During the mid-19th Century, local communities throughout the Maritimes were responsible for their poor. However, in the case of the transient poor, strangers without any ties to the area, the law did not hold communities responsible. Provincial governments set aside funds for the reimbursement of the expenses communities incurred in taking care of such strangers. Thus, as you saw in the previous subsection, when Gamby was found in the woods the Overseers of the Poor and those who took care of him filed invoices with the Parish of Chipman. The village then forwarded the bill to Queen’s County, which in turn passed it on to the New Brunswick government. In the fall of 1863, when the costs seemed excessive to all concerned, the taxpayers of Chipman decided they had to get rid of Gamby. Despite the ensuing scandal, no one was accused of any crime whatsoever. You will see that even those who were scandalized by this decision understood and forgave it.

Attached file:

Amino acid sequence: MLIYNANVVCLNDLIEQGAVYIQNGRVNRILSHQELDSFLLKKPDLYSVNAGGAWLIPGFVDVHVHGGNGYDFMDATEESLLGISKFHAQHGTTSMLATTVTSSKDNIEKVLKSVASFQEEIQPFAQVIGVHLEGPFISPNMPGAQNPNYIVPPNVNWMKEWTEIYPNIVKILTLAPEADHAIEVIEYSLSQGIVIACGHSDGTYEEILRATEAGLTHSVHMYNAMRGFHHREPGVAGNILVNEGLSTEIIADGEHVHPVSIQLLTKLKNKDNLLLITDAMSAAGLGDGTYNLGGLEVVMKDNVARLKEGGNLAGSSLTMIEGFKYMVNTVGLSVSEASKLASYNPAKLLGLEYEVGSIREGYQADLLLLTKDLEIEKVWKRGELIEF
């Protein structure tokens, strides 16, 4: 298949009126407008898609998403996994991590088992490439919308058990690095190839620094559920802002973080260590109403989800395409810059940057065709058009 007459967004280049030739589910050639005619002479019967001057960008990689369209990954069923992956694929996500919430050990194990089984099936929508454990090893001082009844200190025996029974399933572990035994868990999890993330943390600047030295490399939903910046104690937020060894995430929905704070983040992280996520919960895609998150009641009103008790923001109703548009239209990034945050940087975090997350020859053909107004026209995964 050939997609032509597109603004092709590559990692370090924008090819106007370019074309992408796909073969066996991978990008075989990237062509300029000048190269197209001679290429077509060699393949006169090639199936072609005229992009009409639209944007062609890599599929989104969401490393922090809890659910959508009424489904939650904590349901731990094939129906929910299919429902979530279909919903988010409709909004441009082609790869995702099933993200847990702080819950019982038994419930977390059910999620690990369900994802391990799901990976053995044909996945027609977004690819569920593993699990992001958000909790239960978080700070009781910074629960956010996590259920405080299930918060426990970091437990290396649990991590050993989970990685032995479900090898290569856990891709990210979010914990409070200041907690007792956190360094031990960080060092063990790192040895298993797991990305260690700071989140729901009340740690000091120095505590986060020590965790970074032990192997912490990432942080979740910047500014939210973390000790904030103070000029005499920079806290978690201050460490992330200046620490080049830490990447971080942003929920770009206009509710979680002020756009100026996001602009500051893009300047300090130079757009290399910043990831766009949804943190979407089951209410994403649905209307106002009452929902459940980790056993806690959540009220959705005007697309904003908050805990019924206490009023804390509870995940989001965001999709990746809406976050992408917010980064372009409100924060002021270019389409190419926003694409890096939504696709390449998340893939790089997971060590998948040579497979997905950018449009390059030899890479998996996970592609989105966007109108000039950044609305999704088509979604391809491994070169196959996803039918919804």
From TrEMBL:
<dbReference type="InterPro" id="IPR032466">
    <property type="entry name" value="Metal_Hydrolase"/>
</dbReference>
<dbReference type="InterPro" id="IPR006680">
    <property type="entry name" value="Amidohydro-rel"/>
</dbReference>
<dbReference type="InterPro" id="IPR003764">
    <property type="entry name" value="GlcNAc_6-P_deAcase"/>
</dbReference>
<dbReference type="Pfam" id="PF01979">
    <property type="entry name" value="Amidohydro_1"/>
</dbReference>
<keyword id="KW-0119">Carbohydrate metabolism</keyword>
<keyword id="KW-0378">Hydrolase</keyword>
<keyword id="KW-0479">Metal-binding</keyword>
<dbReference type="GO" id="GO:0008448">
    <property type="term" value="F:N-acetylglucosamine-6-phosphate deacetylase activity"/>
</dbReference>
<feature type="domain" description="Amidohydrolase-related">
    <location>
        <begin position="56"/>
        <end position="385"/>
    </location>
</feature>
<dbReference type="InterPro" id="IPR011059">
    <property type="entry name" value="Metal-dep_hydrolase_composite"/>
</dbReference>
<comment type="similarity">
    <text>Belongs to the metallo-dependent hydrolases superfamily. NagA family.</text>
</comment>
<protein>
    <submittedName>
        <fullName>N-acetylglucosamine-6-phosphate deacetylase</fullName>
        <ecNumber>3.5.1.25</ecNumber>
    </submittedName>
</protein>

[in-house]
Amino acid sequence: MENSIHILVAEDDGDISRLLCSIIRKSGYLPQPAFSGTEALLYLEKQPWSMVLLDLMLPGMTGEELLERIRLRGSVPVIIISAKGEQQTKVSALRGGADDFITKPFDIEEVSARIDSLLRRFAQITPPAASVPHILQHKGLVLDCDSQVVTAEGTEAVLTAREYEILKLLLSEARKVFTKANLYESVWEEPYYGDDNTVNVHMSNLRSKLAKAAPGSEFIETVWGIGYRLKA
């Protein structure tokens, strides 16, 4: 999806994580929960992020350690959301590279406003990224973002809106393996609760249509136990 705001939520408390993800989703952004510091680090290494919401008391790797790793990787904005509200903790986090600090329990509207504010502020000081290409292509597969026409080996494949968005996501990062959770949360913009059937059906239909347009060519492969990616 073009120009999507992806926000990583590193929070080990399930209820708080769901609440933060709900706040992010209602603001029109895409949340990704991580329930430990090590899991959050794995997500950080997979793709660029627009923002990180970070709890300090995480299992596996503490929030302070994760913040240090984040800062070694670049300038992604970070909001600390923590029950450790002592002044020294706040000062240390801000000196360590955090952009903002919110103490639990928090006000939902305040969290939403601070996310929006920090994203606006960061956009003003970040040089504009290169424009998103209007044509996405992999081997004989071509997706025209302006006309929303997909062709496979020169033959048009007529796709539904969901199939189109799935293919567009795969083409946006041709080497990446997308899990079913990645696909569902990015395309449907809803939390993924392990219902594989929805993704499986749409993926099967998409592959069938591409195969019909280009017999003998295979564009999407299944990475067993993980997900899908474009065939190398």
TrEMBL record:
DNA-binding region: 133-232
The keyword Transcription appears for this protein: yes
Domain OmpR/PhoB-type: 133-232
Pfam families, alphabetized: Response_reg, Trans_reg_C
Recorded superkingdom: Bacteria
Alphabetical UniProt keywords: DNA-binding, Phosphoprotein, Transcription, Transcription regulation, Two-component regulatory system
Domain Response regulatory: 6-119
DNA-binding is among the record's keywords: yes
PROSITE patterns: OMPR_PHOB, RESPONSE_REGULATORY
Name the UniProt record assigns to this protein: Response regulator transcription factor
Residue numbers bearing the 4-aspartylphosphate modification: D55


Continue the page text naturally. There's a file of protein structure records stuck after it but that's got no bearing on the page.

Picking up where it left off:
- John O'Leary, George Benison, Samuel White, Warrant to Poor For £30.00, June 31, 1860
- George Gallaghar, Petition of George Gallaghar Praying impression of Court In payment of [charge] upon Overseers of the poor, January 8, 1864
- John O'Leary, George Benison, Samuel White, Overseers of the Poor for the Parish of Chipman Queens County 1861 for money to pay support of a poor foreigner, March 31, 1861
- Overseers of the Poor Chipman, Overseers of the Poor a/c Chipman , January 19, 1864
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